# Momentum Question

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#1
Water of density 1000kgm^-3 flows out of a garden hose of cross sectional area 7.2 x 10^-4 m^2 at a rate of 2 x 10^-4 m^3 per second. How much momentum is carried by the water leaving the hose per second?

Can someone explain how you would work this out plz thanks
0
10 years ago
#2
you can work out the volume, and therefore the mass.. and you have the velocity! 0
#3
(Original post by unamed)
you can work out the volume, and therefore the mass.. and you have the velocity! sorry i feel completely stupid but how do u work out the volume my mind has gone blank :|
0
10 years ago
#4
0
10 years ago
#5
(Original post by An0nymous)
sorry i feel completely stupid but how do u work out the volume my mind has gone blank :|
it's all right.
It's x-sectional area * speed. 0
#6
(Original post by unamed)
it's all right.
It's x-sectional area * speed. so what answer do u make it because i keep getting a different answer to the one on the mark scheme ?
0
10 years ago
#7
(Original post by An0nymous)
so what answer do u make it because i keep getting a different answer to the one on the mark scheme ?
2.88 x 10^ -8

although, now I think about it, I might be wrong. >.<
0
#8
(Original post by unamed)
2.88 x 10^ -8

although, now I think about it, I might be wrong. >.<
0
10 years ago
#9
Careful, you don't have the actual speed, but just how much volume comes out each second. By using dimensional analysis (i.e. look at the units) its quite simple to calculate the speed. So first, calculate the mass of water present in that amount of volume, and then find the speed of the water flowing out.
0
10 years ago
#10
The dimensional analysis the way I know it is a bit long..

Spoiler:
Show
We need to know Momentum Per Second (Momentum/Time => p/t => mv/t => mst-2 (kgms-2, thats Newtons by the way)).

So suppose this momentum per second is proportional to the density of water to some power α:
p/t ∝ ρα
and to the volume per second to some power β:
p/t ∝ (V/t)β
and to the area to some power λ:
p/t ∝ Aλ

So we get:
p/t = (ρ )α×(V/t)β×(A)λ

And in terms of the units:
kgms-2 = (kgm-3)α×(m3s-1)β×(m2)λ

OK then.. we need s-2 on the right side, as it is on the left.
So β = 2 as there is no other second on the right side:

kgms-2 = (kgm-3)α×(m3s-1)2×(m2)λ

kgms-2 = (kgm-3)α×(m6s-2)×(m2)λ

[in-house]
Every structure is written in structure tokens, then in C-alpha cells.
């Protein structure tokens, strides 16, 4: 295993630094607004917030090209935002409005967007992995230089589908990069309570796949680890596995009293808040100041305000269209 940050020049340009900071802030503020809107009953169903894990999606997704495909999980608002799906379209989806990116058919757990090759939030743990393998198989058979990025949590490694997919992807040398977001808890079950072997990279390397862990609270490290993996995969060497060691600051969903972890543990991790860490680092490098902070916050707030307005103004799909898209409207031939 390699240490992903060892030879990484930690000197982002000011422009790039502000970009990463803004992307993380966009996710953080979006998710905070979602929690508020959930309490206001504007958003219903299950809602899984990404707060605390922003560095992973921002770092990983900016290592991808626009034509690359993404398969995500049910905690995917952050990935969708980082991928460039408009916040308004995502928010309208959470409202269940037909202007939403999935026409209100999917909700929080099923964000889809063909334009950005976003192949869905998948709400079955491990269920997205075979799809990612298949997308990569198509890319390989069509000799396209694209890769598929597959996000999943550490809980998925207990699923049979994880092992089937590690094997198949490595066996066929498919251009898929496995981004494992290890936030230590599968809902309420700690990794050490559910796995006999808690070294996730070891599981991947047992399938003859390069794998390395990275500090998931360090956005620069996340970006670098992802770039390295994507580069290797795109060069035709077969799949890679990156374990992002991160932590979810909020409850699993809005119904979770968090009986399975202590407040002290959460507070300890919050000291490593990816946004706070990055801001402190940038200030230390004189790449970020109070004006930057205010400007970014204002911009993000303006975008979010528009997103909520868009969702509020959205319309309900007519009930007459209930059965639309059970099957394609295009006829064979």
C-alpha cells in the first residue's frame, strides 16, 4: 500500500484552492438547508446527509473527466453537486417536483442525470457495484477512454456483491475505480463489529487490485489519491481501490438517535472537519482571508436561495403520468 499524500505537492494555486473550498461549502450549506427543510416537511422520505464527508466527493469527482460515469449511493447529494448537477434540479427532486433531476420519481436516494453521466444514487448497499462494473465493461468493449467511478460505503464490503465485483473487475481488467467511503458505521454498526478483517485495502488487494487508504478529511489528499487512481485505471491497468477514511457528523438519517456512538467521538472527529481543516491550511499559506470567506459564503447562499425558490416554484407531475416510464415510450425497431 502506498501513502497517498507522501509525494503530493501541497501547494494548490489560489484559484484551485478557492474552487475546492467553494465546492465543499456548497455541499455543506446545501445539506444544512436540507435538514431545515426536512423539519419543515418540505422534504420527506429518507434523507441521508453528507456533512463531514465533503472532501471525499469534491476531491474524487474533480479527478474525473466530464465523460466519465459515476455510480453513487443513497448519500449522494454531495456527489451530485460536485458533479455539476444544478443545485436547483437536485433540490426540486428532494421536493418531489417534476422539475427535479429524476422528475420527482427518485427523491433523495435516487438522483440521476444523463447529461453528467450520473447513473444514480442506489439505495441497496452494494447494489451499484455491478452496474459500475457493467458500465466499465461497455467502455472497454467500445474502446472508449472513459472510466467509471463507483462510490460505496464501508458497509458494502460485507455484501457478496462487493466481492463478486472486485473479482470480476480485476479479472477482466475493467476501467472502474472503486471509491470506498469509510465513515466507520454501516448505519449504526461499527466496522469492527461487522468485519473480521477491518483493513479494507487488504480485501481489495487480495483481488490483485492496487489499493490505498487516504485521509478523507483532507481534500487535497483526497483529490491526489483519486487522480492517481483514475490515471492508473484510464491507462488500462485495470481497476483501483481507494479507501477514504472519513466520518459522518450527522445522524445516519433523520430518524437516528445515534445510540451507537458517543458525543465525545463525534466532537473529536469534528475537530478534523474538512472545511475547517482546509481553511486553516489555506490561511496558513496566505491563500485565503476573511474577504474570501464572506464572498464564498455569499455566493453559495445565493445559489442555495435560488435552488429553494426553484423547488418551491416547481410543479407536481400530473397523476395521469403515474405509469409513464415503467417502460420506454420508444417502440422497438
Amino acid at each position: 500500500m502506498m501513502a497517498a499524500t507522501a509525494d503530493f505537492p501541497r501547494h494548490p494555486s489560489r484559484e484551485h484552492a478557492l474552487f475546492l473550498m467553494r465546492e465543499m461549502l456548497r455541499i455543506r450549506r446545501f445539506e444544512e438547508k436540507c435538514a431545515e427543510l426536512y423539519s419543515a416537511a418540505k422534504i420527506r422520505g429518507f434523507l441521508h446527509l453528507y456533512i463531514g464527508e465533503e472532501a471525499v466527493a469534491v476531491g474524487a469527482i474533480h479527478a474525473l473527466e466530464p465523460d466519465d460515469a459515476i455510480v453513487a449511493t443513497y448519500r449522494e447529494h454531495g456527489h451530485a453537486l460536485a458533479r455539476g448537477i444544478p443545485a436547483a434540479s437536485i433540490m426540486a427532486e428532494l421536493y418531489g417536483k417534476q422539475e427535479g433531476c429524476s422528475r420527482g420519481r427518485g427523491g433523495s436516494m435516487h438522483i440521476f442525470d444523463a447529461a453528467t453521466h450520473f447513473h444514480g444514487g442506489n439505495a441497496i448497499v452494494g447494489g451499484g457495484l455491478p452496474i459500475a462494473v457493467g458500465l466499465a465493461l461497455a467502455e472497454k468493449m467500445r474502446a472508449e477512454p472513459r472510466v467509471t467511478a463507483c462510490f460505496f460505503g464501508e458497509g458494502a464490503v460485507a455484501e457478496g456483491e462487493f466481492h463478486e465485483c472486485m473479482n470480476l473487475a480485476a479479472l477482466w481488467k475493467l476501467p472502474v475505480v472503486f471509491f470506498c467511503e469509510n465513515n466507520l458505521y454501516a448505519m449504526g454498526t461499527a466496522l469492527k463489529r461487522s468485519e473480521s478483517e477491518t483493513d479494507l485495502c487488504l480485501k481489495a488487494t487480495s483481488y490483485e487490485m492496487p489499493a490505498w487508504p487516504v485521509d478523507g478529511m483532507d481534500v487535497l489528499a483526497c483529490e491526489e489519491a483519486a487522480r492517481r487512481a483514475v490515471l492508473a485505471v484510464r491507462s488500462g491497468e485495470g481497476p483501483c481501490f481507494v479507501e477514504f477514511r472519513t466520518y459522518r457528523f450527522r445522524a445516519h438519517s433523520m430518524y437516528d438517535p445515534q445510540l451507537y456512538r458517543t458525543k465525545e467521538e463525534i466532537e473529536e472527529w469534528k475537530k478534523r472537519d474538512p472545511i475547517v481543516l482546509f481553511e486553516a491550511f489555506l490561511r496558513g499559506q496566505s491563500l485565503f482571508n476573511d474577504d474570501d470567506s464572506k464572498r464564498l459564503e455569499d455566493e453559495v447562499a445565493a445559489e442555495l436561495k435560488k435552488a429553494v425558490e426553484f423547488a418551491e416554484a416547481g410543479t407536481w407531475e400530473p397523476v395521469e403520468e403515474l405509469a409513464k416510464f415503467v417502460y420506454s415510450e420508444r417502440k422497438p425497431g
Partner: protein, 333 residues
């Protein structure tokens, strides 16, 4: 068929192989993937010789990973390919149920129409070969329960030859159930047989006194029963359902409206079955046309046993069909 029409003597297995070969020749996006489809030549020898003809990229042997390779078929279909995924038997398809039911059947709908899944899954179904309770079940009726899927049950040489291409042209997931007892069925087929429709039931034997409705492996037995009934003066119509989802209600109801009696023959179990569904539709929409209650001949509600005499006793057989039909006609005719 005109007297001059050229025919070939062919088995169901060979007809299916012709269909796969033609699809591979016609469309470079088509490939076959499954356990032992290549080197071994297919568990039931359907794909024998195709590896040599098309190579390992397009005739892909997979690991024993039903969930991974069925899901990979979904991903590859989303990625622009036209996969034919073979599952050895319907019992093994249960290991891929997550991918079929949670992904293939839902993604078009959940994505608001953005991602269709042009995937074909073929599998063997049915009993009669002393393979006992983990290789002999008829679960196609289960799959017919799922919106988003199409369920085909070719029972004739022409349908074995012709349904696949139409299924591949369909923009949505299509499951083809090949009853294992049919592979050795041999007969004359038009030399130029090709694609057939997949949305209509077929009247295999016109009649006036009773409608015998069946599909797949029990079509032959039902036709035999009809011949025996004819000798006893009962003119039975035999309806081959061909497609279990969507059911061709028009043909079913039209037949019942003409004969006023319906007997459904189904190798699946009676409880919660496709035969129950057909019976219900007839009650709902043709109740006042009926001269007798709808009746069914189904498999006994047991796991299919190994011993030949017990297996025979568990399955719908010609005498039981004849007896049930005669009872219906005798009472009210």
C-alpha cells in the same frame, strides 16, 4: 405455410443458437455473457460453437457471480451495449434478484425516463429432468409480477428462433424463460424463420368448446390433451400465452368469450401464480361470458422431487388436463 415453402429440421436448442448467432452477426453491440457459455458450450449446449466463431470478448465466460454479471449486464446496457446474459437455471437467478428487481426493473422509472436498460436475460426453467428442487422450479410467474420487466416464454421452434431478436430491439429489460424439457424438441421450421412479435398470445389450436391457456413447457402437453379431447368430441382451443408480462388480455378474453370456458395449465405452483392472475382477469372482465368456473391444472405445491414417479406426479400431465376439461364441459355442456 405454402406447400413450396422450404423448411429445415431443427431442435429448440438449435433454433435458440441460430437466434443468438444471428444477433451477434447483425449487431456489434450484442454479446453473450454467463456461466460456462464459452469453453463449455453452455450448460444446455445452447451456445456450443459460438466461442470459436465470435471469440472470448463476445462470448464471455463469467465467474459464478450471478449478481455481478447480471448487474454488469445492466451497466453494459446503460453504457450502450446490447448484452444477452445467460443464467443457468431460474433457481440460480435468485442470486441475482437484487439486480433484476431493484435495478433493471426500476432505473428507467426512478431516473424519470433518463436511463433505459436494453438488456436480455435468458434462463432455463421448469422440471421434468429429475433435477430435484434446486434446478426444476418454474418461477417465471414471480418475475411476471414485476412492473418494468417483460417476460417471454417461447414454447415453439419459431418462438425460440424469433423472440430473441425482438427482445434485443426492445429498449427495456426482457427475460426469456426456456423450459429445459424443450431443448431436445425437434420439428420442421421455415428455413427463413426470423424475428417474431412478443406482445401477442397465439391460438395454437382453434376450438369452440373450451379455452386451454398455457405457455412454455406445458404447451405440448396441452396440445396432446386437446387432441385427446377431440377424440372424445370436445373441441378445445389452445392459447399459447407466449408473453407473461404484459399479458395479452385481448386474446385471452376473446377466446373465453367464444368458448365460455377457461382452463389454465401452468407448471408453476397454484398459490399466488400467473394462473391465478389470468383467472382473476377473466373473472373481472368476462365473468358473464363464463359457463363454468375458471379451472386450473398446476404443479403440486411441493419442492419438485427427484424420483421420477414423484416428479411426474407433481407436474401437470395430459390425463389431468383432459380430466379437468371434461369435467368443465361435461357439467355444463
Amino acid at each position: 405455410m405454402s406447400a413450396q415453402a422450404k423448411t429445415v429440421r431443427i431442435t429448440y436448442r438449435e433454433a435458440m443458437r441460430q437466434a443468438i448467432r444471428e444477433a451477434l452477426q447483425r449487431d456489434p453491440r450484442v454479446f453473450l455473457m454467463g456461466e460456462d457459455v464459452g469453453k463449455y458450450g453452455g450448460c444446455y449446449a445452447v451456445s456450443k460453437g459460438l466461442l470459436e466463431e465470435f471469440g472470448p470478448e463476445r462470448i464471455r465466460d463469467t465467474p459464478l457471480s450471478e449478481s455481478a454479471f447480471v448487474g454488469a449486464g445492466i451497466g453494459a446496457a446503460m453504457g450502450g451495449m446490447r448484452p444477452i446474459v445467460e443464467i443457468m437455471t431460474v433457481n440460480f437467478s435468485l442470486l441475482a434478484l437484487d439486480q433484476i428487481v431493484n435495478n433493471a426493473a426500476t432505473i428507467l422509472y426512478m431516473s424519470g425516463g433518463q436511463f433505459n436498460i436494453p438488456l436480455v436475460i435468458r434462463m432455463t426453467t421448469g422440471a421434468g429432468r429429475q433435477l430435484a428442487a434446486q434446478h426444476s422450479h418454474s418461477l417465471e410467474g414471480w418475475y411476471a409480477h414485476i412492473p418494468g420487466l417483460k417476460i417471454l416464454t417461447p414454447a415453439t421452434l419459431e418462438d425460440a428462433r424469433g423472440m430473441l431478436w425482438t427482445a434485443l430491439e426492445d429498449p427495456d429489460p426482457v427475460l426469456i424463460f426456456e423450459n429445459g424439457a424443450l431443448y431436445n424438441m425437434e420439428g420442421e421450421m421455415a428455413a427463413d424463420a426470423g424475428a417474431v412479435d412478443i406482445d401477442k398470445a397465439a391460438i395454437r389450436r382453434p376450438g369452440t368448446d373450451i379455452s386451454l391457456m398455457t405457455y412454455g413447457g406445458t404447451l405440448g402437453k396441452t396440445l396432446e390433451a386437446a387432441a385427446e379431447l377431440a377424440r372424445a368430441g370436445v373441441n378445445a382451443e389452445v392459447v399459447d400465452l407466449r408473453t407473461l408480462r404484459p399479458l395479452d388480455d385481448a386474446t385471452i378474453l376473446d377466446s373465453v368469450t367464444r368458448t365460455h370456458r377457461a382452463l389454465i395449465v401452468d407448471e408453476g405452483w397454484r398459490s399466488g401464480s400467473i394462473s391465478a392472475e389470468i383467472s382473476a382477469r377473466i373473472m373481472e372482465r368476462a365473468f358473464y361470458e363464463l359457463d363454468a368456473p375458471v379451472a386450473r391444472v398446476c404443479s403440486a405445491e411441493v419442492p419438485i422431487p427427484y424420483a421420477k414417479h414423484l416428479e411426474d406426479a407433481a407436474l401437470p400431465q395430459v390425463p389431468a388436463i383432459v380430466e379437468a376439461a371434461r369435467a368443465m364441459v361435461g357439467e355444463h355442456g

But then we get m6 and we need m1 as on the left. We also need kg1. So α = 1.

kgms-2 = (kgm-3)1×(m6s-2)×(m2)λ

kgms-2 = (kgm-3)×(m6s-2)×(m2)λ

kgms-2 = (kgm3s-2)×(m2)λ

Lets see what we got. The units of mass are OK, the units of time too.
We only need to get m1 from m3. And we have m there.
1 = 3+2λ
-2 = 2λ
λ = -1

kgms-2 = (kgm3s-2)×(m2)-1

kgms-2 = kgm3s-2×m-2

kgms-2 = kgms-2

So we got:
p/t = ρ1×(V/t)2×A-1
or
p/t = ρ×(V/t)2/A

That gives 5.6×10-2.

A shorter way, but the same idea.

We need momentum per second, that's kgms-2.
We have seconds in Volume/Time given only, so I'll square that to get s-2.
We get m6s-2.
OK.. Multiply with the density, we're left with kgm3s-2.
Divide by the area and we get kgms-2.
I dont really know what (V/T)2 means, but that gives the correct answer.
0
#11
The dimensional analysis the way I know it is a bit long..

Spoiler:
Show
We need to know Momentum Per Second (Momentum/Time => p/t => mv/t => mst-2 (kgms-2, thats Newtons by the way)).

So suppose this momentum per second is proportional to the density of water to some power α:
p/t ∝ ρα
and to the volume per second to some power β:
p/t ∝ V/tβ
and to the area to some power λ:
p/t ∝ Aλ

So we get:
p/t = (ρ )α×(V/t)β×(A)λ

And in terms of the units:
kgms-2 = (kgm-3)α×(m3s-1)β×(m2)λ

OK then.. we need s-2 on the right side, as it is on the left.
So β = 2 as there is no other second on the right side:

kgms-2 = (kgm-3)α×(m3s-1)2×(m2)λ

kgms-2 = (kgm-3)α×(m6s-2)×(m2)λ

But then we get m6 and we need m1 as on the left. We also need kg1. So α = 1.

kgms-2 = (kgm-3)1×(m6s-2)×(m2)λ

kgms-2 = (kgm-3)×(m6s-2)×(m2)λ

kgms-2 = (kgm3s-2)×(m2)λ

Lets see what we got. The units of mass are OK, the units of time too.
We only need to get m1 from m3. And we have m there.
1 = 3+2λ
-2 = 2λ
λ = -1

kgms-2 = (kgm3s-2)×(m2)-1

kgms-2 = kgm3s-2×m-2

kgms-2 = kgms-2

So we got:
p/t = ρ1×(V/t)2×A-1
or
p/t = ρ×(V/t)2/A

That gives 5.6×10-2.

A shorter way, but the same idea.

We need momentum per second, that's kgms-2.
We have seconds in Volume/Time given only, so I'll square that to get s-2.
We get m6.
OK.. Multiply with the desity, we're left with kgm3s-2.
Divide by the area and we get kgms-2.
I dont really know what (V/T)2 means, but that gives the correct answer.
lol thanks this was a multiple choice question worth 1 mark!
1
4 years ago
#12
p = mv

m = density x volume.
= 1000 x 2.0 x 10^-4

v = d/t. d being the 'length component' of the water coming out the house
volume of cylinder = area x length(d)
(d) = volume / area
= 2.0 x 10^-4 / 7.2 x 10^-4
= 2 /7.2

p = mv, p = 1000 x 2.0 x 10^-4 x 2 /7.2
= 5.5(recurring) x 10^-2
= 5.6 x 10^-2 (approximately)
1
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